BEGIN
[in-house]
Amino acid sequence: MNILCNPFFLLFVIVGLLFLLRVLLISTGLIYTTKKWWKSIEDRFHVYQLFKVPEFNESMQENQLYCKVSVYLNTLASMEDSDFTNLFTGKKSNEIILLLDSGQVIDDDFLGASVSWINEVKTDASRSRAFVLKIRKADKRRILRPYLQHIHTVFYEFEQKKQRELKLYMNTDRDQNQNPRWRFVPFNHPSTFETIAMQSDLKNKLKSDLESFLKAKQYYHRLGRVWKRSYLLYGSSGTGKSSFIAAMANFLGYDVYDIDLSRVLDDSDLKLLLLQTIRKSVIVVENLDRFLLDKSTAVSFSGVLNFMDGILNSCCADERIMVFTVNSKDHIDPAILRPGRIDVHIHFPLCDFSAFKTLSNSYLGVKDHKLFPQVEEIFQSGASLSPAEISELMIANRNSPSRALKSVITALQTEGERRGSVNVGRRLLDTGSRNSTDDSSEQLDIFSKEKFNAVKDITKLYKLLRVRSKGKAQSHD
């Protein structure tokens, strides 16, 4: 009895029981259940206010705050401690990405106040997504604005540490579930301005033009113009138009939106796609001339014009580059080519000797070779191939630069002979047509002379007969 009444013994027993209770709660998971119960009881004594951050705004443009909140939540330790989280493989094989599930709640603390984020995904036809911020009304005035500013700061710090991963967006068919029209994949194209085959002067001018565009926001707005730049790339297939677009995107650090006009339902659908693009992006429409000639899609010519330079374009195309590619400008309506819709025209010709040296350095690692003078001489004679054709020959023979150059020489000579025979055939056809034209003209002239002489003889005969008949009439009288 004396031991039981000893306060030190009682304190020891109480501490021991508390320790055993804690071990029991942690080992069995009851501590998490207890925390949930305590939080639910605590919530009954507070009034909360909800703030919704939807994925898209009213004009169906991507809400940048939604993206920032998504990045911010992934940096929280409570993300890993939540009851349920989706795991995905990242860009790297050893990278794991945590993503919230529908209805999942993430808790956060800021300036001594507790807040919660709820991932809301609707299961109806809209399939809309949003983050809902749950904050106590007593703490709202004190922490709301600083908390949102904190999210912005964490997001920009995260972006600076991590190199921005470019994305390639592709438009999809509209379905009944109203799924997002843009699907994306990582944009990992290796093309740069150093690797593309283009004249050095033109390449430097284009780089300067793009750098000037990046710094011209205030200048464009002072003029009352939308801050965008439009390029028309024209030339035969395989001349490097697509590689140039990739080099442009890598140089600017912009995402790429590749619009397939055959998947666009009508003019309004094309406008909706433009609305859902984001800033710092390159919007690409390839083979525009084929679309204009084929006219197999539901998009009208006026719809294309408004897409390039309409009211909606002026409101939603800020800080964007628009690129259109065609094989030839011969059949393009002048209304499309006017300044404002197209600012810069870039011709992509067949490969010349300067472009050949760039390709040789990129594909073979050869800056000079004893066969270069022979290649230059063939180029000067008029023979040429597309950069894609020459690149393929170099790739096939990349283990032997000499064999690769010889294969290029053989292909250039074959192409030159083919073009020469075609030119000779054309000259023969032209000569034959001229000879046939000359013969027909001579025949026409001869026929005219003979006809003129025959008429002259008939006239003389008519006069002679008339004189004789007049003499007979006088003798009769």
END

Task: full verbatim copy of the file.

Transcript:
[in-house]
Amino acid sequence: MNILCNPFFLLFVIVGLLFLLRVLLISTGLIYTTKKWWKSIEDRFHVYQLFKVPEFNESMQENQLYCKVSVYLNTLASMEDSDFTNLFTGKKSNEIILLLDSGQVIDDDFLGASVSWINEVKTDASRSRAFVLKIRKADKRRILRPYLQHIHTVFYEFEQKKQRELKLYMNTDRDQNQNPRWRFVPFNHPSTFETIAMQSDLKNKLKSDLESFLKAKQYYHRLGRVWKRSYLLYGSSGTGKSSFIAAMANFLGYDVYDIDLSRVLDDSDLKLLLLQTIRKSVIVVENLDRFLLDKSTAVSFSGVLNFMDGILNSCCADERIMVFTVNSKDHIDPAILRPGRIDVHIHFPLCDFSAFKTLSNSYLGVKDHKLFPQVEEIFQSGASLSPAEISELMIANRNSPSRALKSVITALQTEGERRGSVNVGRRLLDTGSRNSTDDSSEQLDIFSKEKFNAVKDITKLYKLLRVRSKGKAQSHD
């Protein structure tokens, strides 16, 4: 009895029981259940206010705050401690990405106040997504604005540490579930301005033009113009138009939106796609001339014009580059080519000797070779191939630069002979047509002379007969 009444013994027993209770709660998971119960009881004594951050705004443009909140939540330790989280493989094989599930709640603390984020995904036809911020009304005035500013700061710090991963967006068919029209994949194209085959002067001018565009926001707005730049790339297939677009995107650090006009339902659908693009992006429409000639899609010519330079374009195309590619400008309506819709025209010709040296350095690692003078001489004679054709020959023979150059020489000579025979055939056809034209003209002239002489003889005969008949009439009288 004396031991039981000893306060030190009682304190020891109480501490021991508390320790055993804690071990029991942690080992069995009851501590998490207890925390949930305590939080639910605590919530009954507070009034909360909800703030919704939807994925898209009213004009169906991507809400940048939604993206920032998504990045911010992934940096929280409570993300890993939540009851349920989706795991995905990242860009790297050893990278794991945590993503919230529908209805999942993430808790956060800021300036001594507790807040919660709820991932809301609707299961109806809209399939809309949003983050809902749950904050106590007593703490709202004190922490709301600083908390949102904190999210912005964490997001920009995260972006600076991590190199921005470019994305390639592709438009999809509209379905009944109203799924997002843009699907994306990582944009990992290796093309740069150093690797593309283009004249050095033109390449430097284009780089300067793009750098000037990046710094011209205030200048464009002072003029009352939308801050965008439009390029028309024209030339035969395989001349490097697509590689140039990739080099442009890598140089600017912009995402790429590749619009397939055959998947666009009508003019309004094309406008909706433009609305859902984001800033710092390159919007690409390839083979525009084929679309204009084929006219197999539901998009009208006026719809294309408004897409390039309409009211909606002026409101939603800020800080964007628009690129259109065609094989030839011969059949393009002048209304499309006017300044404002197209600012810069870039011709992509067949490969010349300067472009050949760039390709040789990129594909073979050869800056000079004893066969270069022979290649230059063939180029000067008029023979040429597309950069894609020459690149393929170099790739096939990349283990032997000499064999690769010889294969290029053989292909250039074959192409030159083919073009020469075609030119000779054309000259023969032209000569034959001229000879046939000359013969027909001579025949026409001869026929005219003979006809003129025959008429002259008939006239003389008519006069002679008339004189004789007049003499007979006088003798009769």